Close
Exit

BY AILYN LOW AND IVENA HON

VOLUNTEERISM doesn’t rank too highly on the list of most young Malaysian’s priorities. When they do volunteer, most of the time, it’s for the sake of a college or university credit.
That’s something the Youth Exchange and Study (YES) Alumni hope to change.

The YES programme, funded by the US Department of State, is an exchange programme for students aged 15 to 17 to transfer to the United States for one academic year.

“I feel music works particularly well with young people. Hopefully this will attract them to come and learn more about volunteerism.”

During their semester abroad, they are required to complete 50 to 100 hours of community service, something which has inspired many members of the alumni to become more involved in voluntary work when they return to Malaysia.

Nazrin Ariffin, 22, is one student who was particularly inspired. He is now organising his first project in Malaysia – the SoundsGood concert, a free-to-enter concert happening on February 14 at KLPac aimed at promoting volunteerism among young Malaysians.

SoundsGood concert, Volunteer

Although the team is not completely from the YES Alumni, all of its organising members have the same goal — to provide a platform for youths to volunteer and to promote local music at the same time.

“Being part of a band and loving music, the idea of incorporating music and community service projects has always been on my mind,” said Nazrin, an actuarial science student.
“The universality of music would definitely help spread the message of volunteerism better.”

With the help of 11 other students, nine of whom are also YES Alumni members, Nazrin was finally able to make the project happen.

One of those students, Kan Wai Min, 21, said: “I feel music works particularly well with young people. Hopefully this will attract them to come and learn more about volunteerism.”

“We want to do something more sustainable, which is why we’re hoping this concert won’t be just a one-off thing,”

On top of that, Nazrin hopes each band will be able to draw their respective crowds to the event, where various NGOs will be setting up booths to sign up new volunteers.

And though their primary goal is to provide a platform for young people to gain information on how they can volunteer, they also plan to showcase local talents during the concert.

Among the artistes who will be performing are Temjin, Box For Letters, Relent, Pitahati, Narmi and Meet Uncle Hussain.

It’s a simple concept, promoting bands who could in turn help promote and encourage volunteerism, but it’s one that Nazrin and the team hope will have a meaningful impact.

Hopeful outcomes
One of the main goals of the team is for SoundsGood to become a recurring project.

“We want to do something more sustainable, which is why we’re hoping this concert won’t be just a one-off thing,” said Kan.

Four NGOs will be at the concert, including the Islamic Medical Association of Malaysia Response & Relief Team (Imaret), The Nasi Lemak Project (TNLP), Change Your World (CYW) and Small Changes.

“There were a lot of processes we had to go through before moving on to the next stage which took up a lot of time. Plus, we couldn’t really move forward with the lack of funds,”

Nazrin hopes SoundsGood will be able to help the NGOs recruit many young volunteers for the years to come.

He added that the success of this concert will determine whether they’ll organise another one in the future.

However, as with all projects, Nazrin encountered some setbacks while organising SoundsGood, especially when it came to time and money.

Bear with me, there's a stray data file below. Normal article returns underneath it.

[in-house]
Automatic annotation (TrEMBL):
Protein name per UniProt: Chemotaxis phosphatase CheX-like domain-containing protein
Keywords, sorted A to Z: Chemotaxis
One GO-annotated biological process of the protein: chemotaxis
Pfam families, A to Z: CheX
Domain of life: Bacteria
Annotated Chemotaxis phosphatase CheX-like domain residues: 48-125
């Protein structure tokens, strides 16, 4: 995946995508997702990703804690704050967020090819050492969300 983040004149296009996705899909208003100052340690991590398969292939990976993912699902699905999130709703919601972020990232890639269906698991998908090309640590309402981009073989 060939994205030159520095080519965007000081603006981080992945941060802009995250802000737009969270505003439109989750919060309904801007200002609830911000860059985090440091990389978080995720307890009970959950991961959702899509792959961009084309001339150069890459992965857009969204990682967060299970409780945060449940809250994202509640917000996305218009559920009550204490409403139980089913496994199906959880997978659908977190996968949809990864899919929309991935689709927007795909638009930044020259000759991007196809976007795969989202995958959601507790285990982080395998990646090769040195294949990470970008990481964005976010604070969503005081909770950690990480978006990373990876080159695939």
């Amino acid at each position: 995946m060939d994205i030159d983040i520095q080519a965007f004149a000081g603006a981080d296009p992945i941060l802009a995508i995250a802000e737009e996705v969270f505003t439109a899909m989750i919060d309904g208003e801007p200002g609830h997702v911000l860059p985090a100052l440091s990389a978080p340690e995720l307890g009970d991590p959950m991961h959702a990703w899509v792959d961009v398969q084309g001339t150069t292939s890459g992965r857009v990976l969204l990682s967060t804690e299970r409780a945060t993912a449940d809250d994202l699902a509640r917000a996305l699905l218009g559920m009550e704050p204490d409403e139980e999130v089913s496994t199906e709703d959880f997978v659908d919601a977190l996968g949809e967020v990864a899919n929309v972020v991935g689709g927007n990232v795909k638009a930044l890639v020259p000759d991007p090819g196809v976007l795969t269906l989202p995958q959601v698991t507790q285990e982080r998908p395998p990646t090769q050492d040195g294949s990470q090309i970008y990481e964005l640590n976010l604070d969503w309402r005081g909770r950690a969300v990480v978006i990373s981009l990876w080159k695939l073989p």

“There were a lot of processes we had to go through before moving on to the next stage which took up a lot of time. Plus, we couldn’t really move forward with the lack of funds,” he said.

Change Your World, SoundsGood

Young volunteers of Change Your World bringing food to an underprivileged community. Change Your World is one of several organisations that will be promoted at SoundsGood.

Of course, it was nothing a bit of hard work and determination couldn’t fix, and now the project seems set to make the difference the organisers had hoped for.

After each performer does their set, one of the NGOs will take to the stage to talk about the work they do.

One of the major projects that will be highlighted is the building of permanent flood-resistant houses by Imaret happening this March in Kelantan.

“Not many young people know the different volunteer programmes available so this concert would be a fun yet educational platform for them.”

“When Imaret heard we were planning this concert, they jumped in and offered to work with us. It will definitely be a plus if they attracted volunteers during the concert to participate in the reconstruction phase,” said Nazrin.

Hanan Anwar, 22, is also optimistic about the project. She said: “Not many young people know the different volunteer programmes available so this concert would be a fun yet educational platform for them.”

Being grateful
Volunteering doesn’t just make you feel good, it also helps broaden your perspective on life, something the team hopes young people will realise after attending SoundsGood.

Kan shared how helping the Pertiwi Soup Kitchen changed his view on the less fortunate.

“There was a homeless man screaming for his cardboard when it was taken away because he used it for shelter. It touched me and made me think about the privileges I have,” he said.

“The feeling you get from volunteering can never be completely expressed in words. It only takes one experience to get you hooked on it,”

Hanan added: “Volunteering helped me see how fortunate I am to be blessed with such a wonderful life.”

SoundsGood, NGOs

From Left: Hanan Anwar, Nurul Nadia, Kan Wai Min, Ahmad Syifaq Hassan, Nazrin Ariffin and Danial Syarihan Ho are part of the organising committee for the SoundsGood concert

And even though volunteering is about making a difference in someone else’s life, the volunteers themselves often take away just as much from the experience.

“The feeling you get from volunteering can never be completely expressed in words. It only takes one experience to get you hooked on it,” Nazrin said.

“Young people are energetic and full of potential. To me, they should find what they are passionate about and translate that into something that can positively impact society.”